Animated Hope. Popular comedian Bob Hope had a very distinctive face and he was always joking about his “ski slope” nose so you might think he would have been a common caricature in animated cartoons.
However, compared to some other celebrities, a cartoon Hope only appeared in a handful of animated shorts. I believe his first appearance was in Warner Brothers’ Malibu Beach Party (1940) where if you blinked you might have missed him among the many other stars at Jack Benny’s party.
Then he popped up as a picture in a star in the Little Lulu cartoon A Bout With A Trout (1947) when Lulu sings the song “Would You Like To Swing On A Star?” and in the 1947 Little Lulu cartoon The Baby Sitter as another celebrity at the famed nightclub, The Stork Club.
He is an animated penguin in the Little Audrey cartoon The Case of the Cockeyed Canary (1952) and in a role mirroring his long running hosting role for the Academy Awards ceremonies, he emcees a special award ceremony for Popeye the Sailor in Popeye’s 20th Anniversary (1954).
Henny Backus Speaks. Henny Backus was the wife of Jim Backus who voiced the character of Mr. Quincy Magoo. They were married in 1943 and wrote several books together. She provided the voice of Quincy’s mother, Mother Magoo, who was in her late Eighties and raced cars but still had to endure the misguided attentions of her son who thought she was a helpless old woman.
Henny did the original voice in the cartoon Meet Mother Magoo (1956). Voice actress June Foray later took over the role.
“Magoo, according to Jim, is a raunchy, lecherous, ultra- conservative, mildly racist, skirt chasing, old bastard,” laughed Henny when she was interviewed. “We’ve always felt that an X-rated Magoo, done with a bit of taste, would be a blockbuster. Can you imagine that nearsighted old curmudgeon mistaking a house of ill repute for a car wash?
“Jim was in the 1952 film Don’t Bother to Knock with Marilyn Monroe. He came home one night during the filming and told me that Miss Monroe in her most seductive breathy voice asked him to meet her in her dressing room. His curiosity got the better of him and he went. Once there, she exclaimed like an excited child, ‘Do Mr. Magoo!’ And Jim did.”
Freleng on Bugs Bunny. In 1990, animation legend Friz Freleng said, “I think (Bugs Bunny) is really more popular now than he was in the 1940s. I see some that, to us, were big flops at the time but now there are no failures at all. Some just get more laughs than others. They’re paying to see them (on a big theater screen) when they’ve seen them a hundred times on television.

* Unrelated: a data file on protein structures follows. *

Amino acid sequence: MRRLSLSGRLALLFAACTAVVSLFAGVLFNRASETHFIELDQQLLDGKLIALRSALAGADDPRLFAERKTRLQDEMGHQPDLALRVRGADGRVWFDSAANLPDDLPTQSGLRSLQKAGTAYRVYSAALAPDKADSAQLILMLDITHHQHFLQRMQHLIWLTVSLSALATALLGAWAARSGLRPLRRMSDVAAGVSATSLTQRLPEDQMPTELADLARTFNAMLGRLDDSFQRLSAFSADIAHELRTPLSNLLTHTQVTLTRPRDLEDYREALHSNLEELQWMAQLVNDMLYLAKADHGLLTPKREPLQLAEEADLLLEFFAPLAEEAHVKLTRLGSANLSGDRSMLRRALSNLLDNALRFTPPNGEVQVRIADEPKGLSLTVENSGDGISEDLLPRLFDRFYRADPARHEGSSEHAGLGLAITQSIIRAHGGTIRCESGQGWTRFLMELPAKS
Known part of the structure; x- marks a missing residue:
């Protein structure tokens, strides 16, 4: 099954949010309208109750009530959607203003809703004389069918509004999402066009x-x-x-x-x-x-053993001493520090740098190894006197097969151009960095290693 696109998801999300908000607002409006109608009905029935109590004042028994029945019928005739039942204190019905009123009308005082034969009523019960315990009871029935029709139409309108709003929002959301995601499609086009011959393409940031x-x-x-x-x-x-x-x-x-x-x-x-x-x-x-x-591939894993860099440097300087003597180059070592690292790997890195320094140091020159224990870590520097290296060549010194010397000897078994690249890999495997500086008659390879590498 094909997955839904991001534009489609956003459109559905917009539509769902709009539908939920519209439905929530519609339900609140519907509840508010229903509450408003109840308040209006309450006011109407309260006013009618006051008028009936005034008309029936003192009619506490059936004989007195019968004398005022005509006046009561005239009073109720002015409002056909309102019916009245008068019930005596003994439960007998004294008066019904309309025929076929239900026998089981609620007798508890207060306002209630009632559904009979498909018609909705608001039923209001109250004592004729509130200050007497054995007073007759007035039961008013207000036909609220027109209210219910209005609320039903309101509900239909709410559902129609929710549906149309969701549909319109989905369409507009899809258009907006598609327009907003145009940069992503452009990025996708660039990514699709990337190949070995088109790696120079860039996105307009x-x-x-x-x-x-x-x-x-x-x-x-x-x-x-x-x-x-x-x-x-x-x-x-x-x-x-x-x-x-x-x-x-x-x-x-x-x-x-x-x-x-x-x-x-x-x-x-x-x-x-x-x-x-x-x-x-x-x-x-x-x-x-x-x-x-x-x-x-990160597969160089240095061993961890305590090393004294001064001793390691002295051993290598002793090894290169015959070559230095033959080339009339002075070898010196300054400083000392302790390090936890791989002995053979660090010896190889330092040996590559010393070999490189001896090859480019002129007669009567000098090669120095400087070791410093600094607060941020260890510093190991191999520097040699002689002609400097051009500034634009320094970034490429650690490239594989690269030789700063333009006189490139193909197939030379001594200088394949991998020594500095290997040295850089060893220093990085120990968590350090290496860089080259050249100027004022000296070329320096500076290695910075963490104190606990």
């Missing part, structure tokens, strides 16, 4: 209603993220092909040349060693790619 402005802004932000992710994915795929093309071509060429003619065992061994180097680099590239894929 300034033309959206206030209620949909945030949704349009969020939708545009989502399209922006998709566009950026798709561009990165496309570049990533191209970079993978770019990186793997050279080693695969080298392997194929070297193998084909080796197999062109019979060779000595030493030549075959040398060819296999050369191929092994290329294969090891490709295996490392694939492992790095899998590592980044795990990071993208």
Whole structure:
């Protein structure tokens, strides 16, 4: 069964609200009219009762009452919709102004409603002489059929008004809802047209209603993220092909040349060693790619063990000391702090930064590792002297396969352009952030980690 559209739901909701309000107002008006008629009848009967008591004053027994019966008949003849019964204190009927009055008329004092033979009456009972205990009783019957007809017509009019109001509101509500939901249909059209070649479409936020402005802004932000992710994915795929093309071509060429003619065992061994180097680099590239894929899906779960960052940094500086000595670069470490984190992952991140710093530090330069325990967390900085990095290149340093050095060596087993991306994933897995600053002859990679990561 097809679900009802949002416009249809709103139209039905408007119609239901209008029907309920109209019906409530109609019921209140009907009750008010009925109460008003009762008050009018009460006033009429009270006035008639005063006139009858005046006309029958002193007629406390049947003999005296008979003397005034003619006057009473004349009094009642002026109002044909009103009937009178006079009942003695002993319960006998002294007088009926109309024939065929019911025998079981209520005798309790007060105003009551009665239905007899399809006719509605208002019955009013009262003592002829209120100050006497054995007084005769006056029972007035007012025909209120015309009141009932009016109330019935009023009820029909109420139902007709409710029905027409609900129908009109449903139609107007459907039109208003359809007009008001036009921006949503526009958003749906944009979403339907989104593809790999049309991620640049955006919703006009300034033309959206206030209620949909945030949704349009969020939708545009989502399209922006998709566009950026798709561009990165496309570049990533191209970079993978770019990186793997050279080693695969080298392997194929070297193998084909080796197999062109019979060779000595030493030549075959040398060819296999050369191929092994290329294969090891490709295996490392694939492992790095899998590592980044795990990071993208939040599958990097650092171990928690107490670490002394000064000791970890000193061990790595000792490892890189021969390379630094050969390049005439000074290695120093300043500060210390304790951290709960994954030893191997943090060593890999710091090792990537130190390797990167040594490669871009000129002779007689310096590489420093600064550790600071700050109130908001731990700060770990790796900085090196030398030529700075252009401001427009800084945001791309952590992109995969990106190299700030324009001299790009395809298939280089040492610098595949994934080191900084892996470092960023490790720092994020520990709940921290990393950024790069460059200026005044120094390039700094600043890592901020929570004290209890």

“We used to go into meetings every once in a while and say, ‘Look, we’re losing Bugs. He’s not bright and mischievous as he was.’ And we’d look at some of the new pictures, then look at some of the old pictures and say, ‘He’s slowed down. He’s getting to be an old man. Let’s bring the kid back’. As we were getting older, Bugs was getting older without our realizing it. We had to remind ourselves to snap him up and get him a little peppier and brighter. We were continuously reminding ourselves we could lose the character very easily.”
Bradbury’s Fantasia Deal with God. In 1980, author Ray Bradbury who was a huge fan of Disney animation wrote the following: “Selling newspapers on a street corner, aged twenty. I told God that if He allowed me to be run over and killed by a car before (Disney’s animated feature film) Fantasia premiered (1940) I would cease being a Baptist on the spot and find some other, more considerate, Supreme Being. Needless to say, I survived to run about telling the world that one of the greatest films ever made was right there before them.”
Price Drop. Are any of you old enough to remember the furor at Christmas 1985 when Disney Home Video dropped the price on the “Pinocchio” videotape from $79.95 (with over 150,000 copies being sold at that price a few months earlier) to $29.95 for a holiday sale without any prior notice given to video dealers? When Benn Tenn, Vice President at Disney Home Video was asked it the lower price would spur more sales, he replied, “It better”.
The Animated Lantz Feature Film Never Made. “There were times when I would have liked to have produced a feature cartoon but I couldn’t get anyone to put up the money I required,” recalled producer Walter Lantz in 1980. “In the 1940s, Universal had the rights to the story of Ali Baba and the Forty Thieves and I thought it would make a wonderful animated feature.
“I was going to treat it like a comedy. I wanted to use caricatures of Abbott and Costello who were Universal’s top stars at the time. And I was going to have four or five thieves act like real burlesque comedians. But when we got down to figures, Universal only wanted to spend $400,000 and I needed at least a million. We could have done things Disney did but no one had his money. Disney had his own studio while I was on a weekly salary.”
LaVerne Harding. LaVerne Harding (1905-1984) was one of the first female animators and worked at the Walter Lantz Studio from around 1934-1959. In fact, she was responsible for the re-design of the popular character that most people know today. However, she also illustrated the Woody Woodpecker comic strip in the 1950s and even occasionally drew Woody in the comic books like the story in Dell’s Woody Woodpecker #20 (1953) where Wally Walrus is set to barbeque a chicken at home.
After leaving Lantz, she animated for Hanna-Barbera cartoons such as Yogi Bear. She later worked for DePatie-Freleng Enterprises on Pink Panther cartoons, and was briefly employed at Warner Brothers and Filmation.
Reportedly, she lived a quiet, conservative, religious life and never married.
When Walt Lantz learned of her death he remarked “most producers thought women could draw only birds and bees and flowers. They were wrong of course.”
These 1952 strips attributed to Bill Wright are actually done by LaVerne Harding: